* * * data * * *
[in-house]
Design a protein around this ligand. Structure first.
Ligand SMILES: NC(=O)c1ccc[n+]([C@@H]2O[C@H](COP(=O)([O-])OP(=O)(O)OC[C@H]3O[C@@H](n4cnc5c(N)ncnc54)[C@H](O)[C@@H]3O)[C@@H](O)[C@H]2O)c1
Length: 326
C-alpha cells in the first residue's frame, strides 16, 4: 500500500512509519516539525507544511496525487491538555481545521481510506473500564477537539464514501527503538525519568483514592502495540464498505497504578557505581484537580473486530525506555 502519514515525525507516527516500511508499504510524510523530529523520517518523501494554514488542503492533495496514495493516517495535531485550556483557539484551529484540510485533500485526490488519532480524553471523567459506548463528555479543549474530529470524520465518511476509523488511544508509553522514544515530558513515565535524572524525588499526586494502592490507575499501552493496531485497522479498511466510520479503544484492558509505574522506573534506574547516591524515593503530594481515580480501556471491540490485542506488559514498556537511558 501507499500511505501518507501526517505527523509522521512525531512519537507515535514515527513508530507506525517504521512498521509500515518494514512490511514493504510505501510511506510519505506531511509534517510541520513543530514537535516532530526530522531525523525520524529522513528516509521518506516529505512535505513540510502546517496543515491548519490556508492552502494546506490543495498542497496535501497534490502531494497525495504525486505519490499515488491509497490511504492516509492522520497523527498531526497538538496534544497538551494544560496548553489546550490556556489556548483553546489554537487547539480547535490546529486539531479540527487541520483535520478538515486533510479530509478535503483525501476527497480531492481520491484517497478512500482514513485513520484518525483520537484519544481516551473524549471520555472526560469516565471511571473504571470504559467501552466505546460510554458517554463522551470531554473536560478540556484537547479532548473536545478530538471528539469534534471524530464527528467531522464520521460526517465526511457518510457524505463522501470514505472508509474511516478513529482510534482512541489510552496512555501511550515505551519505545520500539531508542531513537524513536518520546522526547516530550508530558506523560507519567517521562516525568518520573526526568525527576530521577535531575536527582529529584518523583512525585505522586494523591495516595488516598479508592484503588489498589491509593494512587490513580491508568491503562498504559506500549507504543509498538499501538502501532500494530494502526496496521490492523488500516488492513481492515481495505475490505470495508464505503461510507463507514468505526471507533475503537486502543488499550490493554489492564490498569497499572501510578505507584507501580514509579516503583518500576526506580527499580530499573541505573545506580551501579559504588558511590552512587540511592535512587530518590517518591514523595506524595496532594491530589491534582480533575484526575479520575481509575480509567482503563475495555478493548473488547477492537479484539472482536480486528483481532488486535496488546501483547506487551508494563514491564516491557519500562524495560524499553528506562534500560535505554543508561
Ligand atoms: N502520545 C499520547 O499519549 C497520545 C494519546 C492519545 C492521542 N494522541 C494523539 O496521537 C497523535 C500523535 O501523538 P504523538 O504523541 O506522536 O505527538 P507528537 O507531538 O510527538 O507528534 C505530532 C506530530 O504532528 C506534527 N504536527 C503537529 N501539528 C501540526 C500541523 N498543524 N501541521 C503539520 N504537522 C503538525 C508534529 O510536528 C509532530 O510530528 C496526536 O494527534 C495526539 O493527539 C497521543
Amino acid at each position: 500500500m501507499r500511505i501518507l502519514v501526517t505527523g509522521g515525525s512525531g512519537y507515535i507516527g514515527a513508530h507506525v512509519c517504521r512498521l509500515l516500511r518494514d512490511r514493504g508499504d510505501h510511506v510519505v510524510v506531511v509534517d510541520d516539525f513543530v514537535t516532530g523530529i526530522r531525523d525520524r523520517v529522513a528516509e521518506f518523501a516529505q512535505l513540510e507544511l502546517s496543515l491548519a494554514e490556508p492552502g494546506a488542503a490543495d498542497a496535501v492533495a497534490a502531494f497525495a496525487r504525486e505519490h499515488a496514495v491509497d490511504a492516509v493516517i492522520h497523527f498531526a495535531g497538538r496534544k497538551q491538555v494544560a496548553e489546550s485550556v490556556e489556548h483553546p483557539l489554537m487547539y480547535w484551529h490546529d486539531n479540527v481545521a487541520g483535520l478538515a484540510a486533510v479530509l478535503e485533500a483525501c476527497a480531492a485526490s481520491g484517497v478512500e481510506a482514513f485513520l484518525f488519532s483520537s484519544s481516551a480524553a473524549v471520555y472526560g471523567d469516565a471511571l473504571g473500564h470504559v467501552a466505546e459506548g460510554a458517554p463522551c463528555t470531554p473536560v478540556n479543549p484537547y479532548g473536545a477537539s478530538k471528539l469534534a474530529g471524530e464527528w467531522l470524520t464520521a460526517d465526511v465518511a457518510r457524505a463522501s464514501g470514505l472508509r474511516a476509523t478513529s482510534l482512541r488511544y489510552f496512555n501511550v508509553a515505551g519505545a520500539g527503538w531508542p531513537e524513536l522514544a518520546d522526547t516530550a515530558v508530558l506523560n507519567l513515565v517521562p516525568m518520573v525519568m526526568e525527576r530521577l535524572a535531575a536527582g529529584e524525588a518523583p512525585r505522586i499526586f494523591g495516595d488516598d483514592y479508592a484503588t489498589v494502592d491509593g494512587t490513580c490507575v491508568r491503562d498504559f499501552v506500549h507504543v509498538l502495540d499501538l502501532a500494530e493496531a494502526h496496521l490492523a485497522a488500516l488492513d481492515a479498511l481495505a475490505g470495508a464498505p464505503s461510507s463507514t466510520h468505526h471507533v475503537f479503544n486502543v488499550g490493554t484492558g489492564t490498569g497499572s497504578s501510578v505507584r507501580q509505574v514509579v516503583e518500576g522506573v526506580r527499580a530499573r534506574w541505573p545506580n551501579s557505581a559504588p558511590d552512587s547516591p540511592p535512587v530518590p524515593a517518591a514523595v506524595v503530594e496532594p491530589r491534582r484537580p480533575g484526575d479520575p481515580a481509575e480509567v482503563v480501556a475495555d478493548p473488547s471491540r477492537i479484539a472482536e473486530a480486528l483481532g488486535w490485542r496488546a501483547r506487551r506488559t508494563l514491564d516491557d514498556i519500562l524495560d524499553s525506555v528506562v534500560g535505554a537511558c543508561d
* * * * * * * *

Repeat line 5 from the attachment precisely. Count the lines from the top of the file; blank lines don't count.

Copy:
C-alpha cells in the first residue's frame, strides 16, 4: 500500500512509519516539525507544511496525487491538555481545521481510506473500564477537539464514501527503538525519568483514592502495540464498505497504578557505581484537580473486530525506555 502519514515525525507516527516500511508499504510524510523530529523520517518523501494554514488542503492533495496514495493516517495535531485550556483557539484551529484540510485533500485526490488519532480524553471523567459506548463528555479543549474530529470524520465518511476509523488511544508509553522514544515530558513515565535524572524525588499526586494502592490507575499501552493496531485497522479498511466510520479503544484492558509505574522506573534506574547516591524515593503530594481515580480501556471491540490485542506488559514498556537511558 501507499500511505501518507501526517505527523509522521512525531512519537507515535514515527513508530507506525517504521512498521509500515518494514512490511514493504510505501510511506510519505506531511509534517510541520513543530514537535516532530526530522531525523525520524529522513528516509521518506516529505512535505513540510502546517496543515491548519490556508492552502494546506490543495498542497496535501497534490502531494497525495504525486505519490499515488491509497490511504492516509492522520497523527498531526497538538496534544497538551494544560496548553489546550490556556489556548483553546489554537487547539480547535490546529486539531479540527487541520483535520478538515486533510479530509478535503483525501476527497480531492481520491484517497478512500482514513485513520484518525483520537484519544481516551473524549471520555472526560469516565471511571473504571470504559467501552466505546460510554458517554463522551470531554473536560478540556484537547479532548473536545478530538471528539469534534471524530464527528467531522464520521460526517465526511457518510457524505463522501470514505472508509474511516478513529482510534482512541489510552496512555501511550515505551519505545520500539531508542531513537524513536518520546522526547516530550508530558506523560507519567517521562516525568518520573526526568525527576530521577535531575536527582529529584518523583512525585505522586494523591495516595488516598479508592484503588489498589491509593494512587490513580491508568491503562498504559506500549507504543509498538499501538502501532500494530494502526496496521490492523488500516488492513481492515481495505475490505470495508464505503461510507463507514468505526471507533475503537486502543488499550490493554489492564490498569497499572501510578505507584507501580514509579516503583518500576526506580527499580530499573541505573545506580551501579559504588558511590552512587540511592535512587530518590517518591514523595506524595496532594491530589491534582480533575484526575479520575481509575480509567482503563475495555478493548473488547477492537479484539472482536480486528483481532488486535496488546501483547506487551508494563514491564516491557519500562524495560524499553528506562534500560535505554543508561